6. Jaffe H L, Lichtenstein L. Solitary unicameral bone cyst with emphasis on the roentgen picture, the pathologic appearance and the pathogenesis. Arch Surg 1942 44: 1004-1025.
7. Campanacci M, Capanna R, Picci P. Unicameral and aneurysmal bone cysts. Clin Orthop 1986 204: 25-36.
8. Enneking WF. Aneurysmal bone cyst. In: Musculoskeletal tumor surgery. New York: Churchill Livingstone, 1983; 1513-29.
9. Duke Orthopaedics: Wheeless’ Textbook of Orthopaedics, Aneurysmal Bone Cyst, Online article, Jan 2007.
10. Anand MK, Wang EA. Aneurysmal Bone Cyst. eMedicine, Jan 2007.
11. Unni KK, Inwards YC. Conditions that normally simulate primary neoplasms of the bone. In: Unni K K, Inwards Y C, editors. Dahlin’s Bone Tumors. 6th edition. Philadelphia: Lippincott Williams and Wilkins; 2010. p. 305-80.
12. Cottalorda J, Bourelle S. Modern concepts of primary aneurysmal bone cyst. Arch Orthop Trauma Surg 2007 127(2): 105-114
13. Kransdorf MJ, Sweet DE. Aneurysmal bone cyst: concept, controversy, clinical presentation, and imaging. AJR 1995 164: 573-580.
14. Chowdhry M, Chandrasekar CR, Mohammed R, Grimer RJ. Curettage of aneurysmal bone cysts of the feet. Foot Ankle Int. 2010 31(2): 131-135.
15. Marcove RC, Sheth DS, Takemoto S, Healey JH. The treatment of aneurysmal bone cyst. Clin Orthop Relat Res 1995 311: 157-163.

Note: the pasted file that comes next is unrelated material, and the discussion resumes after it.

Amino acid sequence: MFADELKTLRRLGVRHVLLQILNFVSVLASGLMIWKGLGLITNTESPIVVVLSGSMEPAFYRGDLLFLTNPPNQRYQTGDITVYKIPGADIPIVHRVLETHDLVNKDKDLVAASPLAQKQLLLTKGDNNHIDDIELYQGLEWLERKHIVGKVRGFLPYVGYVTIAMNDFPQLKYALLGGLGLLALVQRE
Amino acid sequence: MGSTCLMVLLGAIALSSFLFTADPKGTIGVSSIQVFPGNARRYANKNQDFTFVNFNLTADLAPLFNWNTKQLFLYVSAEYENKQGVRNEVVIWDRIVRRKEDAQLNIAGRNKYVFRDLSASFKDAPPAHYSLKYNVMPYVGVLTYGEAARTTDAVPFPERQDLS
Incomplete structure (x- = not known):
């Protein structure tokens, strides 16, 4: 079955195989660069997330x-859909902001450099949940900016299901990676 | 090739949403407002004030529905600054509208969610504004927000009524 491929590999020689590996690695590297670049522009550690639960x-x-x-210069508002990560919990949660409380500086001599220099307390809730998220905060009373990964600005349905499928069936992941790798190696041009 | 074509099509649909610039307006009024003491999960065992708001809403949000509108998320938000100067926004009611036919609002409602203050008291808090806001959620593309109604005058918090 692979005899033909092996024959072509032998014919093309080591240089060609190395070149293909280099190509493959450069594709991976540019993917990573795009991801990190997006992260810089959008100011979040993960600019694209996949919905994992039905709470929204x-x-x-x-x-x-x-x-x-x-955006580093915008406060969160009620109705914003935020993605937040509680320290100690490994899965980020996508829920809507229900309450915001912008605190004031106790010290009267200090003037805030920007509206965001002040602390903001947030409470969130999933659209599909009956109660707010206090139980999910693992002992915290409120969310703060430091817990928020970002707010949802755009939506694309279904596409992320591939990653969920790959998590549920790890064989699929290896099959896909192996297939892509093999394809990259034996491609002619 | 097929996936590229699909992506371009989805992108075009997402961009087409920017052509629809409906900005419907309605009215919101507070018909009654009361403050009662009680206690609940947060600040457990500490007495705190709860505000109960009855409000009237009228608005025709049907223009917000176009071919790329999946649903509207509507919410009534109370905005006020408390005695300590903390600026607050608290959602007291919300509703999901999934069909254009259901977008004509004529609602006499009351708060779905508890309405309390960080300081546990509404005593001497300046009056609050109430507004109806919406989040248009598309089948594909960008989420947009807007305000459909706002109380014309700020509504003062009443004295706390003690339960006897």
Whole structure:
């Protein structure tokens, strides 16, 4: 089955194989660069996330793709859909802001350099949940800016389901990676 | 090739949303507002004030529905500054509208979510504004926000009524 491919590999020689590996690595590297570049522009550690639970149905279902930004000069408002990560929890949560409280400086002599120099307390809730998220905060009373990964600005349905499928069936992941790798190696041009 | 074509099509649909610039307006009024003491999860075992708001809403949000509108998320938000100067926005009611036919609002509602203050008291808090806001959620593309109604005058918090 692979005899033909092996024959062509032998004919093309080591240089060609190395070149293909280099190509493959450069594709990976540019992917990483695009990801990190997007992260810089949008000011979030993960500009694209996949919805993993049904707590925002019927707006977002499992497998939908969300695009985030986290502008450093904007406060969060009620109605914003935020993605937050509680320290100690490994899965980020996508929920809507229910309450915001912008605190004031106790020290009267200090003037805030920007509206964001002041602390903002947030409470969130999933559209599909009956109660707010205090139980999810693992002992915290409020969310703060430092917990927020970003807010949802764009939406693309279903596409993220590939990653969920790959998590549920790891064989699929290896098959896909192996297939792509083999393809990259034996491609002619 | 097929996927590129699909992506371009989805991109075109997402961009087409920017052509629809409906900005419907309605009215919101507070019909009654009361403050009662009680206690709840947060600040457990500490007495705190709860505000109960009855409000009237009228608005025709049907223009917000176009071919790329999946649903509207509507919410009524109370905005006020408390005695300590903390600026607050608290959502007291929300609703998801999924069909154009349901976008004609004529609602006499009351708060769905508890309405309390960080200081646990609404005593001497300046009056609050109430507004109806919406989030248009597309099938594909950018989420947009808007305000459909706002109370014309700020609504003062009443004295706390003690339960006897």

16. Schreuder HW, Veth RP, Pruszczynski M, Lemmens JA, Koops HS, Molenaar WM. Aneurysmal bone cysts treated by curettage, cryotherapy and bone grafting. JBJS 1997 79B (1): 20-25.
17. Rastogi S, Varshney M K, Trikha V, Khan SA, Choudhury, Safaya BR. Treatment of aneurysmal bone cysts with percutaneous sclerotherapy using polidocanol. A review of 72 cases with long-term follow-up. JBJS 2006; 88B (9): 1212-1216.

Address correspondence to: Dr. Prasad Soraganvi, Dept of Orthopaedics and Traumatology, Meenakshi Mission Hospital and Research Centre, Lake Area, Melur Road, Madurai- 625107, India.

1 Consultant, Dept of Orthopaedics and Traumatology, MMHRC, Madurai.
2 Consultant, Dept of Orthopaedics and Traumatology, MMHRC, Madurai.
3 Senior Resident, Dept of Orthopaedics, DMH, Madurai.

© The Foot and Ankle Online Journal, 2011

Aneurysmal Bone Cyst of the Middle Cuneiform: A case report

by Al Kline, DPM1

The Foot & Ankle Journal 1 (6): 2

The incidence of Aneurysmal bone cyst (ABC) is rare. About 1% of all primary bone tumors constitute these lesions. They are most common in the upper extremity and rarely are reported in the foot. A case is presented reporting ABC of the middle cuneiform. To date, this appears to be the only documented case of ABC to the middle cuneiform. Surgical presentation and treatment using AlloMatrix ® bone putty as a moldable composite for an small, uncontained defect is described.

Key words: Aneurysmal Bone Cyst, ABC, Allomatrix® bone putty

This is an Open Access article distributed under the terms of the Creative Commons Attribution License.  It permits unrestricted use, distribution, and reproduction in any medium, provided the original work is properly cited. ©The Foot & Ankle Journal (www.faoj.org)

Accepted: May 2008
Published: June 2008

ISSN 1941-6806
doi: 10.3827/faoj.2008.0106.0002